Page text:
IT’S hard to find words to define how you feel about someone that simply doesn’t understand your world.

Because when it comes to Miranda Devine’s recent opinion piece “NRL bosses are totally gay”, that’s the conclusion that I reach: she doesn’t understand.

It was as though I was reading something written by those who talk of the “anti-homophobia police” as though this situation was a matter of whether or not someone was being offended. The author seemed perplexed as to how the words used on that playing field were homophobic or inappropriate and why there should be any reason to focus on this.

It was as though there were some crusade of political correctness and self righteousness taking place. The author also took the opportunity to educate us on the re-ownership of the word “gay”, its changing place in society and how now, because all the kids are using to mean lame/dumb, that it should be acceptable to use it in that context. 

As much as we can try to understand the evolution of this meaning of the word, it does and always will mean and/or be associated with sexuality. Try as we might to take the ownership for its “new” meaning, the old will still stick.

It will stick in a way that many people will never fully understand.

For example, you can’t put the author of that opinion piece in our shoes. Perhaps the shoes of a 13-year-old boy if we were to be specific. One who is confused by raging hormones and the knowledge of something ticking inside his head — that little bubble of knowledge that is slowly starting to make him realise, he is not like the other boys.

You can’t make that author see through this teenage boy’s eyes as it starts to dawn on him just what it is that he might be, that the word “gay” is something that could apply to him.

And just as suddenly as that starts to dawn, he is thrust into the reality of the school yard. “Oi, give that back you faggott!” one boy may scream. “Fuck off, that’s so fucking gay,” he may hear as someone sees something they don’t like.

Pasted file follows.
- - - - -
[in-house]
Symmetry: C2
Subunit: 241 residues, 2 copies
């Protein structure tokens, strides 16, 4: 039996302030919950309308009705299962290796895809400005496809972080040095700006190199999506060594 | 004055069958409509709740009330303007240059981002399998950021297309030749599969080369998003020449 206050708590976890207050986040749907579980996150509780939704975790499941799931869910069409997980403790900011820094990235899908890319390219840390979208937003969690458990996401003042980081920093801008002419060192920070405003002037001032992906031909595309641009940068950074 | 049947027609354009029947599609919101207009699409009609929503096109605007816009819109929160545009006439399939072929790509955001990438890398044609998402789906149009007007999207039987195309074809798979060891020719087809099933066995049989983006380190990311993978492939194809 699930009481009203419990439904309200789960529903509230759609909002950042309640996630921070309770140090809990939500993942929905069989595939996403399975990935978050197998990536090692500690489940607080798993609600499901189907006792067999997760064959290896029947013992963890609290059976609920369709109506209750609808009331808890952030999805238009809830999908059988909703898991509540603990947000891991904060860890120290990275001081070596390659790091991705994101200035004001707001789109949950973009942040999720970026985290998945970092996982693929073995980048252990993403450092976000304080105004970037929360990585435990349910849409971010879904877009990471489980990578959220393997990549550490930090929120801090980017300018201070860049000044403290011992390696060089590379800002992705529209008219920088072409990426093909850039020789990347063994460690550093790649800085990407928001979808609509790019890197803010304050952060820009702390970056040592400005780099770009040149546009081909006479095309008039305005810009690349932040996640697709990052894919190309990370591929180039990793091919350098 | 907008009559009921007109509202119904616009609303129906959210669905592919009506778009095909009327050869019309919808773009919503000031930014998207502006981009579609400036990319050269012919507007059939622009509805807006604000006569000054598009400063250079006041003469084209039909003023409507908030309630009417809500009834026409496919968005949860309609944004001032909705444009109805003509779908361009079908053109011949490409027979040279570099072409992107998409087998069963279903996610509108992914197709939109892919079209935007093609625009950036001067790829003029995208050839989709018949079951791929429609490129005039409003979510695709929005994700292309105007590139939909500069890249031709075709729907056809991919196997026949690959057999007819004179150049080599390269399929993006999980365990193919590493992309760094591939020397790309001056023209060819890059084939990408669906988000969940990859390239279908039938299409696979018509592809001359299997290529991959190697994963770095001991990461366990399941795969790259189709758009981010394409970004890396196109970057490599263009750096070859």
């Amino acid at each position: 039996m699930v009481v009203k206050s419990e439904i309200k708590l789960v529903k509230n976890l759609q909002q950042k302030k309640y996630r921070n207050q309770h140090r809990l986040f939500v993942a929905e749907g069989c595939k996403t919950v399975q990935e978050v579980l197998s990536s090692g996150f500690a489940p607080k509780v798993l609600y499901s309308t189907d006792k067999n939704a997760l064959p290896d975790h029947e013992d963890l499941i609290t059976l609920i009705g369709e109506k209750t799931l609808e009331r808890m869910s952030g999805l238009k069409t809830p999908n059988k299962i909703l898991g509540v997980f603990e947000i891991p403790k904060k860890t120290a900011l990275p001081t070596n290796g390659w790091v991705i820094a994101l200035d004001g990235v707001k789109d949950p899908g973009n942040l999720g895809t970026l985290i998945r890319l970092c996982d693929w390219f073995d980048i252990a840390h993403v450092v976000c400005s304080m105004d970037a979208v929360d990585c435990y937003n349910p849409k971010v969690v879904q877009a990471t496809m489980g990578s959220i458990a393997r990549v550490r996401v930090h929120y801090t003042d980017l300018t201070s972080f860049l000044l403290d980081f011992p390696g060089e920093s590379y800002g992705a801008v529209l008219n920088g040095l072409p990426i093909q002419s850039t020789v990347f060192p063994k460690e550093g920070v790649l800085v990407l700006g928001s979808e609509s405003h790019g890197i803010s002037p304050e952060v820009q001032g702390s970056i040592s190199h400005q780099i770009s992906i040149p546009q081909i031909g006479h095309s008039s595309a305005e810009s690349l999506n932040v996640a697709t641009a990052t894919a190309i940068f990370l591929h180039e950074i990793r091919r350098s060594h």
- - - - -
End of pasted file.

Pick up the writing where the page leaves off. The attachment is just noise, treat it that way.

And every time he hears it, it’s like tiny daggers striking at his heart. His skin prickles. This sense of alienation and fear creeps in.

That word — the one he is worried about — keeps repeating over and over in his mind. Every time he hears it, it’s being belted around like a baseball bat against everything that is stupid or unpleasant in the world.

You can’t begin to explain to someone what it feels like to be a teenager struggling to come to terms with their sexuality. That is exactly why the latest commitment to tackling homophobia in sport was established by the organisers of Bingham Cup Sydney and five of Australia’s biggest sporting codes.

It’s not just about holding homophobic people accountable and those who may make direct attacks on people based on their sexuality. This is about removing a culture of negative language and attitudes towards homosexuality to allow every person to feel safe, welcome and included.

For some people the fear that starts to creep in at school never leaves. They never find the courage to speak about who they are and the people around them — usually oblivious to what is going on through their minds — foster an environment with a choice of words that either deliberately or inadvertently tells them to keep this part of themselves quiet. This sort of environment often exists in the hyper-masculine world of competitive sports where this derogatory language can be common or used as “throwaway” comments. It leads to a feeling that it’s better for those who are gay or questioning to shut up and put up.

But with each shout of “faggott” or “that’s so gay”, the fear continues to build. It doesn’t matter what other people may think the words mean. To those of us of whom that word belongs to in our head, it means a hell of a lot.

“Kids are walking around the hallway 
Plagued by a pain in their heart
A world so hateful
Some would rather die
Than be who they are”

When Macklemore wrote those lyrics, he wasn’t joking. He was talking about some serious issues. We’re dealing with LGBTI youth who are four times more likely to take their own lives.

We have an opportunity to start tackling these things in a public forum. This is where it starts — the opportunity to facilitate change, to foster the intelligence and understanding of the next generation and those already before them to understand that words matter.

This isn’t a political crusade. We’re not out to stomp on anyone’s rights. We’re here to assist the next generation of young, impressionable LGBTI youth and to help create an environment where they feel free and happy to be whoever they want to be.

The fact that we can take this out onto the sporting field and tackle this head -n is an amazing testament to how far we’ve come and where we’re going.

We don’t need people who can’t empathise or sympathise with us to fight and criticise us. We need them to understand.

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